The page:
(HealthDay News) — For patients receiving hemodialysis, the SONG-HD Fatigue seems to be a reliable and valid measure for patient fatigue, according to a study published online in the Clinical Journal of the American Society of Nephrology.
Angela Ju, PhD, from the Sydney School of Public Health at the University of Sydney, and colleagues conducted a longitudinal cohort study to assess the validity and reliability of a patient-reported outcome measure for fatigue in hemodialysis (SONG-HD Fatigue). A total of 485 adult patients across the United Kingdom, Australia, and Romania completed the measure at three time points: baseline, one week later, and 12 days after the second time point.
The researchers found that the SONG-HD Fatigue was internally consistent in psychometric assessment (Cronbach’s α, 0.81 to 0.86) and was stable over a one-week period (intraclass correlation coefficient, 0.68 to 0.74). Convergence was demonstrated with Functional Assessment of Chronic Illness Therapy-Fatigue, while moderate correlations were seen with other measures that assessed related, but not the same, concepts. The one-factor model was supported in confirmatory factor analysis.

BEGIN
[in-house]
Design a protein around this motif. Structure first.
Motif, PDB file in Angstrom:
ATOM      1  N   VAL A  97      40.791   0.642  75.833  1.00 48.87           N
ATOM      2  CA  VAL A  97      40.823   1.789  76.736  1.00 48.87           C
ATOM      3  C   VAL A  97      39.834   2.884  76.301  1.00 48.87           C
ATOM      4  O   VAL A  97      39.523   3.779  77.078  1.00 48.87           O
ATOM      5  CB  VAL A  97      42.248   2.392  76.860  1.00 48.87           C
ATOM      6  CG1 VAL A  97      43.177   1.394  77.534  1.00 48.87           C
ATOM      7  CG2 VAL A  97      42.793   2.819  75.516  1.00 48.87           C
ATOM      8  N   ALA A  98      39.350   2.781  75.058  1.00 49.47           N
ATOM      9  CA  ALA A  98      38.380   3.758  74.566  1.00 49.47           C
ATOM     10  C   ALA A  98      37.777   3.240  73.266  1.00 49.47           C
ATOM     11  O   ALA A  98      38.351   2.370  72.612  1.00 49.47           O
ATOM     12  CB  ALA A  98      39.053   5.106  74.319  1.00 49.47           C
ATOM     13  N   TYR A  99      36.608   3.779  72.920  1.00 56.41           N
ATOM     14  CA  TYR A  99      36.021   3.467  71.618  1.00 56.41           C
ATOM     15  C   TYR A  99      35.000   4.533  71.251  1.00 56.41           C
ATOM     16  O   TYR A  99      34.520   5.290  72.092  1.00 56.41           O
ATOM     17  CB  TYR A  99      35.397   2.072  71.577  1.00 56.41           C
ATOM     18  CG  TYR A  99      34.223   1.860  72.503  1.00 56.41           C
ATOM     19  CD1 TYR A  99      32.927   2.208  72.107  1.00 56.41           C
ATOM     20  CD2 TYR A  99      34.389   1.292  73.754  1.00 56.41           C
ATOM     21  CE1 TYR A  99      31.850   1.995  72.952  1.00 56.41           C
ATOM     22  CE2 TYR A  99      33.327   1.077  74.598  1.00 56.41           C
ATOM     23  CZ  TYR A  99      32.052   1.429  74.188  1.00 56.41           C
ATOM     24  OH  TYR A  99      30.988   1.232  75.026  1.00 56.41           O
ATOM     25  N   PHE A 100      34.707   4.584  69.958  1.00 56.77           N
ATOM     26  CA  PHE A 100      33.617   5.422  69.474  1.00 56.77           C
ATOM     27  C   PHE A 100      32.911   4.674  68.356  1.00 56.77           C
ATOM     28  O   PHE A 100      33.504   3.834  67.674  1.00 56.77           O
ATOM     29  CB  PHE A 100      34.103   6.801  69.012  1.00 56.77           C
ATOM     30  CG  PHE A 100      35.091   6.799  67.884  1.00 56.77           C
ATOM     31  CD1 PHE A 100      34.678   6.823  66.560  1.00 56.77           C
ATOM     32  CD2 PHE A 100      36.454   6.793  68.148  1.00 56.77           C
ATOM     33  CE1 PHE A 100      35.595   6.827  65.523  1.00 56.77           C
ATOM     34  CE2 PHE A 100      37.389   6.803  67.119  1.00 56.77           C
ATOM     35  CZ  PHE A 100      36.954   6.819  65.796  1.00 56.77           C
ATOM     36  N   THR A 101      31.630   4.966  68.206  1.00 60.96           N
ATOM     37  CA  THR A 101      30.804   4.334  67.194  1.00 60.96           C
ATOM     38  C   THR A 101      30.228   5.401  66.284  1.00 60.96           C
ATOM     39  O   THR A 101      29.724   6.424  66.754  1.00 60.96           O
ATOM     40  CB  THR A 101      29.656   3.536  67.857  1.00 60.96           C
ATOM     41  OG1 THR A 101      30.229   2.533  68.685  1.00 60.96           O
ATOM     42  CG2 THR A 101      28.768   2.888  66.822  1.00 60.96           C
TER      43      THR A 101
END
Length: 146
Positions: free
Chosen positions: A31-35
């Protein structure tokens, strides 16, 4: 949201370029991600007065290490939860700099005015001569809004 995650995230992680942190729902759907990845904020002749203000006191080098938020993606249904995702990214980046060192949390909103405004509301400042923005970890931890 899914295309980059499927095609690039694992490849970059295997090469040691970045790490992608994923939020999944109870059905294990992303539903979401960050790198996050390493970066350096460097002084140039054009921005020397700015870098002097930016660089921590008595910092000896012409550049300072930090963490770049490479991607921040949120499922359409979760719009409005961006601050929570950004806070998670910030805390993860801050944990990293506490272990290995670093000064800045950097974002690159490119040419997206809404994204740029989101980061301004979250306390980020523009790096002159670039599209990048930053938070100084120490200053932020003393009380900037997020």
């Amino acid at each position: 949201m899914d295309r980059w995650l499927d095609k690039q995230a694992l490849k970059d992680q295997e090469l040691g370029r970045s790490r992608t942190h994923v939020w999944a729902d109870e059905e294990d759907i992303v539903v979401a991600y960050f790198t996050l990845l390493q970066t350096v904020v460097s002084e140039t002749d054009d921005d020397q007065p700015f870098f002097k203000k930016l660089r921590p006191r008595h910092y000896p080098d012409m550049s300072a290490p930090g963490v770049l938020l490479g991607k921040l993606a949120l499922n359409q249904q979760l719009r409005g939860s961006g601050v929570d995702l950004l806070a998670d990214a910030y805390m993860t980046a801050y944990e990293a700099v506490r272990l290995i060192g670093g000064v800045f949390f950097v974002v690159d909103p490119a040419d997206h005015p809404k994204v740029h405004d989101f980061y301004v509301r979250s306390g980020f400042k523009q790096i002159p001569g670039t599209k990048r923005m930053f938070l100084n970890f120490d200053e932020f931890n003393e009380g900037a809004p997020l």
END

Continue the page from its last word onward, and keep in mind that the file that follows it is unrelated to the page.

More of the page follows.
“Establishing a core outcome measure for fatigue will allow researchers to do two important things: to quickly and accurately assess the impact a new intervention has on fatigue as experienced by patients receiving hemodialysis, and to allow the comparison of interventions across different trials to see which one is superior in terms of its effect on fatigue,” Ju said in a statement.
Ju A, Teixeira-Pinto A, Tong A, et al. Validation of a Core Patient-Reported Outcome Measure for Fatigue in Patients Receiving Hemodialysis: The SONG-HD Fatigue Instrument. Clin J Am Soc Nephrol. doi:10.2215/CJN.05880420